Vertical Lift and Urban Air Mobility

vl uam landing page

Above, an Aerospace Engineering School graduate student takes to the helm of a rotorcraft in our Rotorcraft Simulation Lab.

The Daniel Guggenheim School of Aerospace Engineering supports multiple faculty and research efforts in the area of vertical lift and urban air mobility. It starts with vertical lift - also known as vertical flight -  an area that encompasses the design, innovation, and testing of a class of vehicles (VTOL) that can take-off and land vertically without a runway. This includes traditional rotorcraft (helicopters and tilt rotors) as well as unmanned air vehicles (UAVs). The rapidly developing technology supporting vertical lift has given rise to urban air mobility (UAM) - the use of electric vertical takeoff and landing (eVTOL) aircraft to economically transport people and cargo in and around urban and regional locales that would normally be served by cars, buses, or trains alone.

Vertical lift vehicles are unique and their engineering complex. Some portion of their propulsion is provided by a rotating system, such as a rotor, proprotor, ducted fan, etc. Many new designs include hybrid fixed-rotary wing configurations that include revolutionary technologies.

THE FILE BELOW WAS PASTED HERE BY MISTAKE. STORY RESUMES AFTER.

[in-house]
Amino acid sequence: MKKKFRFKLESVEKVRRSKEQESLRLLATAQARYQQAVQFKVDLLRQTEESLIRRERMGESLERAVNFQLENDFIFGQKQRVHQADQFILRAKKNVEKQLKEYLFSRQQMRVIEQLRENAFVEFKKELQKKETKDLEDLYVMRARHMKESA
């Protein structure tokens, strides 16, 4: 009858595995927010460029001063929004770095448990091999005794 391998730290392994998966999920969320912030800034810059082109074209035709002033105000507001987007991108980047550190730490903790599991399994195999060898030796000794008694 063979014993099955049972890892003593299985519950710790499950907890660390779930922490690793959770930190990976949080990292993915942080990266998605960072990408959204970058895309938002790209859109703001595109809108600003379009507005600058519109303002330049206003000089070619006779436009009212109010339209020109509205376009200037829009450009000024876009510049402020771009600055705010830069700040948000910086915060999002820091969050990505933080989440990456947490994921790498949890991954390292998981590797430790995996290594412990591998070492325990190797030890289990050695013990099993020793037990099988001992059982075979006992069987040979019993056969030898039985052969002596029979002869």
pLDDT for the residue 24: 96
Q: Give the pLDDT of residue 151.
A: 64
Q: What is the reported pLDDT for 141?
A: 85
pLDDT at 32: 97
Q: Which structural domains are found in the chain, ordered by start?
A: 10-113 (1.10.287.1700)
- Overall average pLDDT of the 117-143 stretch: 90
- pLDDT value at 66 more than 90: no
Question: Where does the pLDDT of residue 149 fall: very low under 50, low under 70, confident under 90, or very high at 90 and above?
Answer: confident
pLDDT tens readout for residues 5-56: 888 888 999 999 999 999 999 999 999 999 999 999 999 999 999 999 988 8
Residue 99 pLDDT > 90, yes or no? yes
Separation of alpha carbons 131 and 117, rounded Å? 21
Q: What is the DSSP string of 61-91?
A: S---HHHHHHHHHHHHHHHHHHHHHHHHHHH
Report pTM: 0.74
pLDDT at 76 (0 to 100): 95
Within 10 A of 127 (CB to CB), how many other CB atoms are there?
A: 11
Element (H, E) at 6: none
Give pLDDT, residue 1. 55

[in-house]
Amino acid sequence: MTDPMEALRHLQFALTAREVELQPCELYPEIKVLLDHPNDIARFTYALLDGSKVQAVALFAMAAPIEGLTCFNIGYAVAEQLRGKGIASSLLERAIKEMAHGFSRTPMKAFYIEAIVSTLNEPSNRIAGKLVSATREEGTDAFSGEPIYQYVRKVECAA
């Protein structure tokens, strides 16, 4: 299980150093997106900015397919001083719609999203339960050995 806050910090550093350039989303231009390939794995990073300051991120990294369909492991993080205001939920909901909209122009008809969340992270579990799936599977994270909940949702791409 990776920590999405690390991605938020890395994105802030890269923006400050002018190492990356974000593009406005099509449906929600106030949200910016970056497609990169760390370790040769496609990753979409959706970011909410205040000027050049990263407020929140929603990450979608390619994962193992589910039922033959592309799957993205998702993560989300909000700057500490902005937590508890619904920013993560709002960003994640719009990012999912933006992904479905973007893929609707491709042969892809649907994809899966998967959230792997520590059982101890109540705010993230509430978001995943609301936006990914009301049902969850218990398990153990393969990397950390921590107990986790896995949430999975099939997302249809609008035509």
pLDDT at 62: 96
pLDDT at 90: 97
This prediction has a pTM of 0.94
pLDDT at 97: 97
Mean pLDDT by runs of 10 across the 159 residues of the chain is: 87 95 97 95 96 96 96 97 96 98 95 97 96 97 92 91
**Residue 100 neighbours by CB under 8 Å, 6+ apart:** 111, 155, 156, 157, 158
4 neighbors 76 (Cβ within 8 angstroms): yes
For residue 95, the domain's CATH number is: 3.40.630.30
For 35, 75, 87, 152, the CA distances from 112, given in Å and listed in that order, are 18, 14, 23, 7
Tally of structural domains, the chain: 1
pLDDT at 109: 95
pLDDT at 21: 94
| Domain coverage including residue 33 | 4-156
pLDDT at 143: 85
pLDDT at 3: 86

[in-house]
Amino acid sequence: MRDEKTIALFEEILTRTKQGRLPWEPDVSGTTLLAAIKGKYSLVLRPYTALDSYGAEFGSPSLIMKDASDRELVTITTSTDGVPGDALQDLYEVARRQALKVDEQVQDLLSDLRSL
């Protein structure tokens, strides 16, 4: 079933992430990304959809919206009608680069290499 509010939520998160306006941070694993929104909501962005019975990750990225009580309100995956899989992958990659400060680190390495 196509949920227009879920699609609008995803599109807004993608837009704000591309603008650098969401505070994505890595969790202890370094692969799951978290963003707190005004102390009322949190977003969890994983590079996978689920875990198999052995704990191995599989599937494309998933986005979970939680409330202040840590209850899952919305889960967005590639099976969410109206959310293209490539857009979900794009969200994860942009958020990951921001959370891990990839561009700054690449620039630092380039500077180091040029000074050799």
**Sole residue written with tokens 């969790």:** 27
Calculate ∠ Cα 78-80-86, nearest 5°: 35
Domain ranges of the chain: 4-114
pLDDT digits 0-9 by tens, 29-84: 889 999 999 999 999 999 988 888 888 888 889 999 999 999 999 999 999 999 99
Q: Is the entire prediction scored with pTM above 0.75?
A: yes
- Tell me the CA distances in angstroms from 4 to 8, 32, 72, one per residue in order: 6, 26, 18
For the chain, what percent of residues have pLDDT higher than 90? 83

Right now, there is a burgeoning demand for technically savvy, rigorously educated engineers to meet the rapidly expanding opportunities in civilian and military transport. All engineering disciplines can contribute to this demand, which is particularly acute in the areas of aeromechanics (core AE subjects), autonomy, human-machine interaction (HMI), machine learning, avionics, electric propulsion, and data analytics.

Georgia Tech has a long history of education in vertical flight through the Vertical Lift Research Center of Excellence (VLRCOE), a multi university program that has been located at Tech for more than three decades. In 2019, VLRCOE was recognized nationally as a Vertical Flight Heritage Site by the Vertical Flight Society, a world-wide professional and technical society. Students who wish to focus in this area should plan to take the rotorcraft design course sequence and consider joining the Georgia Tech chapter of the Vertical Flight Society.

An undergraduate certificate in vertical lift is under consideration by Georgia Tech for implementation during the 2020-2021 academic year.